Also in the east end All Soul Unitarian Church has purchased two lots and will be building a new $26 million church. The church is moving from Brookside and is the world's largest Unitarian Church.

Urban8 is a small condo project from the same people as GreenArch that’s supposed to start construction very soon

Next to Urban8 is a much larger proposed project, Hartford Commons. It’s a $18 million 142-unit new construction residential building at 2nd and Greenwood by Elliott Nelson (McNellie’s Group)

Also in the east end Tulsa Opera has purchased the old Tulsa Fire Department Headquarters and is redoing the building as their new home

Land Legacy is planning a long narrow four block long part that will be next to all of these east end projects. Land Legacy was behind the new parks in the Brady District and at 6th and Main

Against all odds, the Sager Lofts building in the Blue Dome is coming to life with businesses opening up on the first floor and work being done

Lastly, It’s not downtown but there’s another huge project in the Brookside area that’s worth mentioning. The Kaiser Foundation and Riverparks are building a huge (currently unnamed) new 60 acre park from about 27th to 33rd and Riverside. It’s a $150 million park project.
You can see all about it at:

06-07-2012, 05:59 PM
Great looking projects! The new construction looks great. Cool park as well, I have often heard that Tulsa's riverfront trail/park system is top notch.

06-07-2012, 06:09 PM
they should move the disc golf baskets from there and set up a new course away from joggers and traffic. I was so dissappointed when I went out there to play some disc golf and I ended up wasting a quarter of my day and lost a frisbee in the back of a moving pickup. the sleezy joint still open up there I think it was called the gentlemen's club

06-07-2012, 06:46 PM
I love GreenArch, and I'm surprised that a plan has come together so quickly for the new riverside park, seems the park was only announced earlier this year (is this an expedited timetable?). UN - yeah Tulsa's riverside parks are excellent, I occasionally enjoy going up there and checking out a bike from the bikeshare racks and just peddling along Riverside Drive.

There I'm also often reminded that it's 2012 and some people still rollerblade?? :Smiley036

06-07-2012, 08:57 PM
I remember seeing some renderings of a canal in the Pearl District in Tulsa. Anything new on that front?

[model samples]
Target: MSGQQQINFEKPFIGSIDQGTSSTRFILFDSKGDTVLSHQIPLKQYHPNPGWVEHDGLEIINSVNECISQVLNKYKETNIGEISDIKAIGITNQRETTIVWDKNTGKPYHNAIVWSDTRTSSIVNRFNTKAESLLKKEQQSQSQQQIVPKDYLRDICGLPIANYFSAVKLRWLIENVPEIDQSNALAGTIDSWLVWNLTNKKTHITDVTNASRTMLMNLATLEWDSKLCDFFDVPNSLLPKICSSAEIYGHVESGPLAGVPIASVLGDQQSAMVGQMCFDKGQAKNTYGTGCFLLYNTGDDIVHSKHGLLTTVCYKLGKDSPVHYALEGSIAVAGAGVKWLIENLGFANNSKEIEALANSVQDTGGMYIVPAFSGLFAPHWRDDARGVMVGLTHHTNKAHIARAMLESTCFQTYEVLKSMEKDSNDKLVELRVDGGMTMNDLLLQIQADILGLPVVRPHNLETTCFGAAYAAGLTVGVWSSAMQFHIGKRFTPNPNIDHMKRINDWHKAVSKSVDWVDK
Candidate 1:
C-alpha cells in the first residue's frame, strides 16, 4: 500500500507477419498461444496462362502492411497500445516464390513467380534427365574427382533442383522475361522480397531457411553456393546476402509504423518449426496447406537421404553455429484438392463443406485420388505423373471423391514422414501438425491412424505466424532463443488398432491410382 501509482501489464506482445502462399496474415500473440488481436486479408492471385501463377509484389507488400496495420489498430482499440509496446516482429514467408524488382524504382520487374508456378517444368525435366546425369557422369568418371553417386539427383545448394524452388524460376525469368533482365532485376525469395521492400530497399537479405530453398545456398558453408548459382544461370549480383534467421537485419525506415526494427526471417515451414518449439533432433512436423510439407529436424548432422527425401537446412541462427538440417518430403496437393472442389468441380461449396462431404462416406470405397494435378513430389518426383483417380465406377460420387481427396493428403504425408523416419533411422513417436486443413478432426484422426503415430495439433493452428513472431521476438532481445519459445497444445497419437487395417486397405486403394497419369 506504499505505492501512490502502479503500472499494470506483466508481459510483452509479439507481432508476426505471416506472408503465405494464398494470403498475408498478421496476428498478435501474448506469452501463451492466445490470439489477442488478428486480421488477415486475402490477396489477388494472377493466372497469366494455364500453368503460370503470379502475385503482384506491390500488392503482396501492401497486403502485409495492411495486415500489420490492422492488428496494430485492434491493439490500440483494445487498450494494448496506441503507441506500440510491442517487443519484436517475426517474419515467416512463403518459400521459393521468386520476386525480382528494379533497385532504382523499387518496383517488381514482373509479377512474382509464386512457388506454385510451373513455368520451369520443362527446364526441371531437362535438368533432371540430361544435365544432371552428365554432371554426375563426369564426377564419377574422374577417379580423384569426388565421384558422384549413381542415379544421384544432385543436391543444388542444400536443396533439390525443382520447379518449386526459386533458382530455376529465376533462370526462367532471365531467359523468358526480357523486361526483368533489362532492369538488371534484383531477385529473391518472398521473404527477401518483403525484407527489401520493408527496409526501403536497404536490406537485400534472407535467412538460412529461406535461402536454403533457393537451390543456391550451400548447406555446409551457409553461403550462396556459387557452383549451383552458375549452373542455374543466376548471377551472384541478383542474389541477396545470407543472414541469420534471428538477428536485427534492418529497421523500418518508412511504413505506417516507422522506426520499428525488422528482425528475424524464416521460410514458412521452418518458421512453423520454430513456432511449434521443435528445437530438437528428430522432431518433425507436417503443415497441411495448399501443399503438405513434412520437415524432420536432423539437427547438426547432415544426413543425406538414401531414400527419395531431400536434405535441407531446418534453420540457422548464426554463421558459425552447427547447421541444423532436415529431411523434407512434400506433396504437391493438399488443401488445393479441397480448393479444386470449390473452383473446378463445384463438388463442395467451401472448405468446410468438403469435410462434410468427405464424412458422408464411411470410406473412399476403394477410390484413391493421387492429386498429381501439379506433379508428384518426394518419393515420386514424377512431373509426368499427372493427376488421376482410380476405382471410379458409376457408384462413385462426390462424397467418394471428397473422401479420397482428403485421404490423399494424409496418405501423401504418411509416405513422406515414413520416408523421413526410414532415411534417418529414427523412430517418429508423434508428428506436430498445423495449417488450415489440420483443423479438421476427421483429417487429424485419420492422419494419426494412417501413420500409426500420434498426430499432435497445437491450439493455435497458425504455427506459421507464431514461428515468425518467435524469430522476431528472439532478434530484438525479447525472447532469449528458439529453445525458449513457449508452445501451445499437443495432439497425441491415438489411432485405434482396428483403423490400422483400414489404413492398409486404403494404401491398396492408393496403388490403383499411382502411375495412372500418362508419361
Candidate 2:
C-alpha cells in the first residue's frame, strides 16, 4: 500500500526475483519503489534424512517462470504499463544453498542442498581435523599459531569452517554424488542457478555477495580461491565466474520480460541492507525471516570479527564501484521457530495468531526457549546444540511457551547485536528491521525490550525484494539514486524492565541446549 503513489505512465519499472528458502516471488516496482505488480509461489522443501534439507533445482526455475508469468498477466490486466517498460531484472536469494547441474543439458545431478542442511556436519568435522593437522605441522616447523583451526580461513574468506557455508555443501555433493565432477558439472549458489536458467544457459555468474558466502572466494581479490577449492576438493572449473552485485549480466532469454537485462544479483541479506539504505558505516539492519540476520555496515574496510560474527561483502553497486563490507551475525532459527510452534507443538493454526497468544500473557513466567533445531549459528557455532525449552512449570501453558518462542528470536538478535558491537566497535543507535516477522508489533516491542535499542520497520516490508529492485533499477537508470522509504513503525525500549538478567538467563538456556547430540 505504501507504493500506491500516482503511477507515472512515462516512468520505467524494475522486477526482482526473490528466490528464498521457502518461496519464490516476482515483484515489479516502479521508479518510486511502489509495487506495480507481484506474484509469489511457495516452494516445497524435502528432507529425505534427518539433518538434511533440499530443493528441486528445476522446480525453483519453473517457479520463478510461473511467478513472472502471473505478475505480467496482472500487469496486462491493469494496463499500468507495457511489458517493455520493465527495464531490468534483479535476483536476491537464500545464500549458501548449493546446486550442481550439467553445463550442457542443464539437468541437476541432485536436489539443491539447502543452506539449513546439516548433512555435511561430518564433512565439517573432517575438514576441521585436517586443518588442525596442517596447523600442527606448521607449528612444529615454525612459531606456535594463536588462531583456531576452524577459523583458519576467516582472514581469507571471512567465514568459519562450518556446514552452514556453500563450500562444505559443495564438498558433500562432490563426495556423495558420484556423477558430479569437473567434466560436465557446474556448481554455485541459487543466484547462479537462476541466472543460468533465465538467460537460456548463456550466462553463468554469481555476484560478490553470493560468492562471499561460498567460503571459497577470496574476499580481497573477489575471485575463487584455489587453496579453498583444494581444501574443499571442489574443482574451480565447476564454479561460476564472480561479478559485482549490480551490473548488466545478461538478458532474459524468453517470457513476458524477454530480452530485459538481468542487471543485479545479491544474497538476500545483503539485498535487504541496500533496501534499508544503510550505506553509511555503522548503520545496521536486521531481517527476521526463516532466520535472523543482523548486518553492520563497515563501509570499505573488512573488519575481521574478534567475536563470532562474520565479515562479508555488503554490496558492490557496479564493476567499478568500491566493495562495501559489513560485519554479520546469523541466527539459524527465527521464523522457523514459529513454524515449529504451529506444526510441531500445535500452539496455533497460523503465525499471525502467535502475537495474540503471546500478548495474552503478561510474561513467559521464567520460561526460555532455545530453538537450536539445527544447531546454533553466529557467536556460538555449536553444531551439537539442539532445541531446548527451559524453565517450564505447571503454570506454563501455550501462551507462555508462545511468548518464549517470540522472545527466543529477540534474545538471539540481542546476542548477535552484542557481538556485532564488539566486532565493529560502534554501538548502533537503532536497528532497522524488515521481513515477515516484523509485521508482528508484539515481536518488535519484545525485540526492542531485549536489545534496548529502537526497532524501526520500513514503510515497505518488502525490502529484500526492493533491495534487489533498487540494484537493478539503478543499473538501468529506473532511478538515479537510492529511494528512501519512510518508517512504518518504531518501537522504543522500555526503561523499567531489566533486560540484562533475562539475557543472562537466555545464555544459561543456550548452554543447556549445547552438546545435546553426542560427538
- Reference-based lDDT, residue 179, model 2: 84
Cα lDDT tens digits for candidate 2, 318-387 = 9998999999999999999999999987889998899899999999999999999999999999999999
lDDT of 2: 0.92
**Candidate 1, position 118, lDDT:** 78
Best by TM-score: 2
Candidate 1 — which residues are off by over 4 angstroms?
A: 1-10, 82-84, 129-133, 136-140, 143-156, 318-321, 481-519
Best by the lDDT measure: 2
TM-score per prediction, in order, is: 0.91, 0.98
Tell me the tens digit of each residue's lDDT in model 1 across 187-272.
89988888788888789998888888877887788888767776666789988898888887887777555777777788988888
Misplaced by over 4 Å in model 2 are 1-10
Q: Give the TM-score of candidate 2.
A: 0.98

Edit: Best render I could find.

06-07-2012, 09:54 PM
Thanks for the update Swake. I wasn't going to take the time to search all of that. :cool:

Spartan - The park was only announced earlier this year, and the plans have been formed as quickly as possible through community meetings and input. I don't believe these are the final ones, but I think construction is on target to start early next year.

UN - Although the Pearl District is slowly improving, and has amazing potential, those plans for the canal, if they ever happen, are still a long ways off.

As a side note - GreenArch is one of my favorite projects downtown, along with the ALOFT conversion of city hall. I also am super excited for the new Brady Park and the adjoining museums to be completed.

Also, I really hope the next two phases of One Place are better designed. I like Phase two (the small building) but the tower is horribly boring. I would think the hotel and residential at least would be a little more eye catching.

06-07-2012, 10:32 PM
UN - Although the Pearl District is slowly improving, and has amazing potential, those plans for the canal, if they ever happen, are still a long ways off..

Thanks for the response. So it was probably more conceptual at this point. I just asked because those "main street" type corridors are highly interesting to me. And from what I have found the Pearl District will hopefully have a unique identity. They may not need the canal if the ball gets rolling.

06-08-2012, 04:37 PM
Finally Tulsa realizes that their river is screaming with potential

06-09-2012, 02:11 PM
Really great to see all these projects coming together. Tulsa has such a great start with its successful districts (e.g., Brady, Blue Dome, Cherry Street, and Brookside)... the downtown area really has a chance to be special if great people keep investing there.

06-19-2012, 01:51 AM
I agree, this is great stuff! I am loving the Brady District. Go Tulsa.

07-09-2012, 12:56 PM

Greenarch is now under construction:

Here are new renderings of the Brady Flat project that will start construction once the Fairfield Inn in the Brady District is done, the site for Greenarch is being used to stage the construction of the hotel.

Here’s the Phase III building for the One Place project, it’s a hotel (reportedly a Hilton brand of some kind) with some floors for apartments and condos. Construction will start once the One Place Tower (Phase II) is complete as the hotel site is also being used for staging.

And here’s the building that is last phase. It will have a mix of retail, office and residential

The Aloft hotel conversion of the old city hall building and Archer Market, a downtown grocery store both are supposed to open next month.

Tulsa’s Central Library is getting a $38 million rebuild starting in September 2013. During the two years of construction a temporary downtown library will be opened in the old downtown Homeland store at 11th and Denver

07-17-2012, 03:36 PM
Wow, already on Phase 3 of OnePlace - still it all looks fairly institutional. The other stuff looks great though.

Any renderings for the Central Library?